A round up of other news this week.
During Budget 2020, the Chancellor announced a review of the existing business rates system. This included a suggestion to supplement business rates with a potential online sales tax. If imposed, such a tax would likely impact many retailers – particularly those operating an online-only business model. The precise impacts would be determined in the detail – such a policy would require careful analysis over the range of options for its design. The Government has now announced that the final report on the fundamental review of business rates has been delayed until Autumn 2021. An interim report will be published on 23 March 2021 and will include a summary of stakeholder responses. The call for evidence on business rates sought stakeholders’ views on issues including reforming the rates multiplier and alternative ways of taxing non-residential property and closed in October 2020.
Because of the impact of the COVID-19 pandemic, HMRC have announced that Self-Assessment taxpayers will not be charged the five percent late payment penalty if they pay their tax or set up a payment plan by 1 April 2021. HMRC state that ”Taxpayers should still pay in full if they can. This is the only way to stop interest accruing.” It is important to note that there is no change to the payment deadline and other obligations are not affected. A five percent late payment penalty will still be charged if tax remains outstanding, and a payment plan has not been set up, by 1 April 2021. The payment deadline for Self-Assessment is 31 January and interest is charged from 1 February on any amounts outstanding (the current rate is 2.6 percent). Normally a five percent late payment penalty is also charged on any unpaid tax that is still outstanding on 3 March. Further late payment penalties are charged at six and 12 months (August 2021 and February 2022 respectively) on tax outstanding where a payment plan has not been set up. See the Government press release: More help for Self-Assessment taxpayers.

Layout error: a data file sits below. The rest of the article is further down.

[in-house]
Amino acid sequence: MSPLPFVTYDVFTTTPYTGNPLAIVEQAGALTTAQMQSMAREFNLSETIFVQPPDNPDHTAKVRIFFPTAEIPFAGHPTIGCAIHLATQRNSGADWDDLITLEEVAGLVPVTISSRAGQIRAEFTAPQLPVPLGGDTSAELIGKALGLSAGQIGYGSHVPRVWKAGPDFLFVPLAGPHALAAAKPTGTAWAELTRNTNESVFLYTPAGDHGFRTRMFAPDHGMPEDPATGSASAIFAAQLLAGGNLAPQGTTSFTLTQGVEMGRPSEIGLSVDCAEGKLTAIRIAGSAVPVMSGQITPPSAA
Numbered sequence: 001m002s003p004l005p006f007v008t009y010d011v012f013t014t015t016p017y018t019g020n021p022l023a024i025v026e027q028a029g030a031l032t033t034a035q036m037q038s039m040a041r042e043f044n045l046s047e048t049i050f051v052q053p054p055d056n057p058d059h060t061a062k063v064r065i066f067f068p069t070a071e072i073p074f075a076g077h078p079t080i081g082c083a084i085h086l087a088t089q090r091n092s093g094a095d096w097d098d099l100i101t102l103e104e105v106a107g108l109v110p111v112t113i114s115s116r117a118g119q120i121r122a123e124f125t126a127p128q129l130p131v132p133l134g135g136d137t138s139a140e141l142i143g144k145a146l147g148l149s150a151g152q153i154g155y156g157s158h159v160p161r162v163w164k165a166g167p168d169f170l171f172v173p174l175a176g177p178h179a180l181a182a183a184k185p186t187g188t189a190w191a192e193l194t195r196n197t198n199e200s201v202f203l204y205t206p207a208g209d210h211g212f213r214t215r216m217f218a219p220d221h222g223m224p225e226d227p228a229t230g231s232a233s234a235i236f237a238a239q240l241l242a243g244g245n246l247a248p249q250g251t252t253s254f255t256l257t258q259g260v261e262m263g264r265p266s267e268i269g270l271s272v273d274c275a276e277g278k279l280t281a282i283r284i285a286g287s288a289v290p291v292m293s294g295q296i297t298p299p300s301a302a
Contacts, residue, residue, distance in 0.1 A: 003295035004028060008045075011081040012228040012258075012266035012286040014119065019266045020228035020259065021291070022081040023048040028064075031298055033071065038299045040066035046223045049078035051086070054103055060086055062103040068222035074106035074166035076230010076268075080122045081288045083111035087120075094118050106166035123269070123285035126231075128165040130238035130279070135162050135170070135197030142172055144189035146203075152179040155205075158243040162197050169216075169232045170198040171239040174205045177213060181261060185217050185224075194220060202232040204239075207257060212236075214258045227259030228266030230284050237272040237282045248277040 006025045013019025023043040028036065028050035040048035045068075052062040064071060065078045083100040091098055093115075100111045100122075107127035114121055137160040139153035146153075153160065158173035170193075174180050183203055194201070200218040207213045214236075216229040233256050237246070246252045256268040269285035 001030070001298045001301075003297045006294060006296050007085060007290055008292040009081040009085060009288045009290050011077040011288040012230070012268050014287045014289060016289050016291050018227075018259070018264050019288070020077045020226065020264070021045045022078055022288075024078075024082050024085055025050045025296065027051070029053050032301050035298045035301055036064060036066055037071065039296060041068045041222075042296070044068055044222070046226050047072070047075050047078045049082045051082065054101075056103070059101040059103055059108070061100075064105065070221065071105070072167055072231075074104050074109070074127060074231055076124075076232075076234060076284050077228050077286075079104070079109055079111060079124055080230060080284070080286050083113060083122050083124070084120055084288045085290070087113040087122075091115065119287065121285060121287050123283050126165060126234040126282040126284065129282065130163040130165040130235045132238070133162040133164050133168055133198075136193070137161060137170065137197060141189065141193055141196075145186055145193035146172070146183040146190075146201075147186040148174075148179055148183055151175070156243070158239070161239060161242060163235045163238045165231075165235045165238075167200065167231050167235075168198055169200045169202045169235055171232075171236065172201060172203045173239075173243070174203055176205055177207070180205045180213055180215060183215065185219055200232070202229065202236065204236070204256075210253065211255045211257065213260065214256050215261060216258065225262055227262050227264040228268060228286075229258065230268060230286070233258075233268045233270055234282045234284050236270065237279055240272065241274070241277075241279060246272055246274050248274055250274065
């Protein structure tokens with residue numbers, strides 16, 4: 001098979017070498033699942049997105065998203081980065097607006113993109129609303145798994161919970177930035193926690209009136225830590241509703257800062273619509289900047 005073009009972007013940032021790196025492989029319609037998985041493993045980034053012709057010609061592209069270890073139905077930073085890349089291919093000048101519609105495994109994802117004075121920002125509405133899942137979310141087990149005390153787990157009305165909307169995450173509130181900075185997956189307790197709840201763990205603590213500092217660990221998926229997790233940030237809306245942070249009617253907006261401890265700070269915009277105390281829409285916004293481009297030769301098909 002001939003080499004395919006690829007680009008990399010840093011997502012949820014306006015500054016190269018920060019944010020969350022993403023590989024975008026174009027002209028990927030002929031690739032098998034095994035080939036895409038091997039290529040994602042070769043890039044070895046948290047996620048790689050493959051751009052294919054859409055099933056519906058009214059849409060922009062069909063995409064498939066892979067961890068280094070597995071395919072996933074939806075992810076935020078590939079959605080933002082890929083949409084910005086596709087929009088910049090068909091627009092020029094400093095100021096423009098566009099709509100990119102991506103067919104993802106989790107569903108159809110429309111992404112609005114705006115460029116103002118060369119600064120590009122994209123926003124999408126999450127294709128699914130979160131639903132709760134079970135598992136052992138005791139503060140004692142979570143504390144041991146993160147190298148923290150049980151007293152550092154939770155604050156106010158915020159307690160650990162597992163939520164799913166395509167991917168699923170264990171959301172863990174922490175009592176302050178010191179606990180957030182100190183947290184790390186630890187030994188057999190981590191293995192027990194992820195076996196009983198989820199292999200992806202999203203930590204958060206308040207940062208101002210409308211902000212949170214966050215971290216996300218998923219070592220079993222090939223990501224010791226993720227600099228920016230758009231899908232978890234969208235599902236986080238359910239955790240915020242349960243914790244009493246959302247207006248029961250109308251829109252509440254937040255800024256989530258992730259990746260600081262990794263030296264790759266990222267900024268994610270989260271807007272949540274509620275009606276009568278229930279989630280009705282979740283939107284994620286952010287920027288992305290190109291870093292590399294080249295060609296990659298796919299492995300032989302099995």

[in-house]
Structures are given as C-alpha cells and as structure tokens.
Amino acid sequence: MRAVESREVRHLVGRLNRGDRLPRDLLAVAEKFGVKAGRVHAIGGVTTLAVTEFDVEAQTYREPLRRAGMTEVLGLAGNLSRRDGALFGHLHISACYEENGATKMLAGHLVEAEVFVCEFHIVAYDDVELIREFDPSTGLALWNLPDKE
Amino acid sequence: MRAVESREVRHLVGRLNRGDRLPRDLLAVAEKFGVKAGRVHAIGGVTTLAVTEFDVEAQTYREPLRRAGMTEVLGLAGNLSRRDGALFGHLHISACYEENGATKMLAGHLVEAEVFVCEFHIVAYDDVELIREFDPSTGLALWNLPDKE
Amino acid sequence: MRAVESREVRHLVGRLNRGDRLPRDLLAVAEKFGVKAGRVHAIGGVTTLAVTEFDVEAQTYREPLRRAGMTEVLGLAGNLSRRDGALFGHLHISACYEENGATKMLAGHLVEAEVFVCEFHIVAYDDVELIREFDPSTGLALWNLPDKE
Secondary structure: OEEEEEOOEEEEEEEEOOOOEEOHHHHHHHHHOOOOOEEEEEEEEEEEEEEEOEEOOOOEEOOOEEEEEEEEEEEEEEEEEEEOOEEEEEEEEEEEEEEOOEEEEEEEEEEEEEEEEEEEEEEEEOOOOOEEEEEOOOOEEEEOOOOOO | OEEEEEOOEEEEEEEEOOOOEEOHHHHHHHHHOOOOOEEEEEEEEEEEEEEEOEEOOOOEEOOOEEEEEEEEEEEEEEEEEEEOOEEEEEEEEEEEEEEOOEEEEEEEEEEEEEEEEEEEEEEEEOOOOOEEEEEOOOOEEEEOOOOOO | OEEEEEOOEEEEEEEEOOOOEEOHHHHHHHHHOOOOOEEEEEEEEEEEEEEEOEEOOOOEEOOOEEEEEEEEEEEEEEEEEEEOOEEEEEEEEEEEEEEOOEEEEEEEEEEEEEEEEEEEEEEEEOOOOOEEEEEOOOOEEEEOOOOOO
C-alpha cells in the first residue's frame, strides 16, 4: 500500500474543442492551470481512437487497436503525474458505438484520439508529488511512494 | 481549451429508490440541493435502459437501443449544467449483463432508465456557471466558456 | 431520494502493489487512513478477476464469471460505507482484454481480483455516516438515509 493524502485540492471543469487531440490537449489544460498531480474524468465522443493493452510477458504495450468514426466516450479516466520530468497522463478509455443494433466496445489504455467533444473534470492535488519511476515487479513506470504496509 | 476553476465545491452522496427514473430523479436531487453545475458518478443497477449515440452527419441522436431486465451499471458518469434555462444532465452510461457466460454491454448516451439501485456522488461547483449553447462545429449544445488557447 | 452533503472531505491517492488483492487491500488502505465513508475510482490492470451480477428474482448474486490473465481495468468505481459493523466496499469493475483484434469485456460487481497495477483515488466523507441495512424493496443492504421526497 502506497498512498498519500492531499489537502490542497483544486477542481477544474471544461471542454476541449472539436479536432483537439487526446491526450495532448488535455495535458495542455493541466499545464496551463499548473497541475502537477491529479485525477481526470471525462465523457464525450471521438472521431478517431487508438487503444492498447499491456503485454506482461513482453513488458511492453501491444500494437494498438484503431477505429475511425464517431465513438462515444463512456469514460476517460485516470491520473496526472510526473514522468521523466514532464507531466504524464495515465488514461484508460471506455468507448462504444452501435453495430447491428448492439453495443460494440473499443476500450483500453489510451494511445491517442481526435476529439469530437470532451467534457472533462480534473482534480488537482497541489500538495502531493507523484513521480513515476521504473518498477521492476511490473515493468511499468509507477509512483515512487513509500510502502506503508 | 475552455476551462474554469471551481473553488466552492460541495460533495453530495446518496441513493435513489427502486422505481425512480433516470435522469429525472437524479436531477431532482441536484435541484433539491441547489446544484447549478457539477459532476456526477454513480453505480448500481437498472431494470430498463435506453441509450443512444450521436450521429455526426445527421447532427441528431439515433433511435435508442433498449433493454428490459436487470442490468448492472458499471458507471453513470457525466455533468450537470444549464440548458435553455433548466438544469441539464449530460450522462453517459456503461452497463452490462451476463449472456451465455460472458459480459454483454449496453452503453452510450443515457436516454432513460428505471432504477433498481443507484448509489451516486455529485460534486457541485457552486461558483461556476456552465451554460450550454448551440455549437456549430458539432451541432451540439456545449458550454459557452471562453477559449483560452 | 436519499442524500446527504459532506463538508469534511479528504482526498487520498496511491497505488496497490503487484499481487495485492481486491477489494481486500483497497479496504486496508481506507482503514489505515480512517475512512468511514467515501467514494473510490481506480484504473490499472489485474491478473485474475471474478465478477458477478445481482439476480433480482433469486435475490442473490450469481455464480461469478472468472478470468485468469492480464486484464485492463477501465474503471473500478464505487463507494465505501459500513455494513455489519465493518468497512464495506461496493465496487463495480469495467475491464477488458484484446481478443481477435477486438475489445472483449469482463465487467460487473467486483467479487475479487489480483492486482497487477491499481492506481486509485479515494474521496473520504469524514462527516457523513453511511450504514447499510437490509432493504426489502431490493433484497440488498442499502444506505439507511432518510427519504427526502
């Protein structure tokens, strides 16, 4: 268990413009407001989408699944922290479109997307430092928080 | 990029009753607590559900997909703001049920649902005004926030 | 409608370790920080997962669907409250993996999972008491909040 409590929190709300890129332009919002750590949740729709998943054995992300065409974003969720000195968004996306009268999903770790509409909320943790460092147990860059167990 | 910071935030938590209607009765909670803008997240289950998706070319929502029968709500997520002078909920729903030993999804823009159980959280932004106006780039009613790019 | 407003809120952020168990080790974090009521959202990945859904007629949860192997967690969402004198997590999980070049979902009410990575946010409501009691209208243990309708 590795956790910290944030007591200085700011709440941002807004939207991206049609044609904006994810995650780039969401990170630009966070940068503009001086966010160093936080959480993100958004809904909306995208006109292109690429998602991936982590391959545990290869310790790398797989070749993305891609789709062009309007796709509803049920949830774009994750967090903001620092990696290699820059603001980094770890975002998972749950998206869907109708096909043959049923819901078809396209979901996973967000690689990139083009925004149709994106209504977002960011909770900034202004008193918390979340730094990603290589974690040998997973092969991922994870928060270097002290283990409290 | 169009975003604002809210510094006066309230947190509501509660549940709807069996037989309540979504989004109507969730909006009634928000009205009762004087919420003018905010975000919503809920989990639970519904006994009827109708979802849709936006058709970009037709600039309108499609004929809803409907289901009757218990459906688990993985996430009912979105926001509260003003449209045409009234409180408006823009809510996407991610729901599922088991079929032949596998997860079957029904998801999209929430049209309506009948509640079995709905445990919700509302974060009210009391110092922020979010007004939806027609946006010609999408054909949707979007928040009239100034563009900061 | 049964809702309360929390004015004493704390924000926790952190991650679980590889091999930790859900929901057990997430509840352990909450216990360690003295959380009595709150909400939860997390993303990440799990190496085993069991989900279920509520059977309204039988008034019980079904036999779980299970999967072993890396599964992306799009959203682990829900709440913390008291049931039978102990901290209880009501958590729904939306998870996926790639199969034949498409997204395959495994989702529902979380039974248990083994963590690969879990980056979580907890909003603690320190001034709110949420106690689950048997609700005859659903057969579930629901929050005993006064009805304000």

In February the Housing Secretary announced a five-point plan which includes proposals to introduce a levy and tax on UK property developers to help pay for the Government’s efforts to remove unsafe cladding from high rise buildings post-Grenfell. One of the proposals is the introduction of a ‘Gateway 2’ developer levy that will be targeted and apply when developers seek permission to develop certain high-rise buildings in England. The other proposal is the introduction of a new tax for the UK residential property development sector, which is expected to raise at least £2 billion over a decade to help pay for cladding remediation costs. The tax will be introduced in 2022 and the Government will consult on the policy design in due course.
The OECD Forum on Tax Administration (FTA) has released a Handbook for the International Compliance Assurance Programme (ICAP), a voluntary programme for co-ordinated risk assessment and transfer pricing assurance of large multinational enterprise (MNE) groups. ICAP facilitates engagement between MNE groups and tax administrations to provide increased tax certainty through the effective use of transfer pricing documentation, the group’s Country-by-Country Report, and co-ordinated conversations. Following two pilot programmes, the first of which the UK participated in, the programme will now run in full and will be open to all FTA member tax administrations. A list of the tax administrations taking part will be published by 12 March 2021 and the parent companies of MNE groups interested in joining the programme are asked to discuss potential participation with their local tax administration in advance of the first application deadline of 30 September 2021.
KPMG’s Chris Hearld, Head of Regions in the UK, shares his perspective on the forthcoming Budget and the tax measures that privately owned businesses can expect to see as they plot their route back to business as usual.
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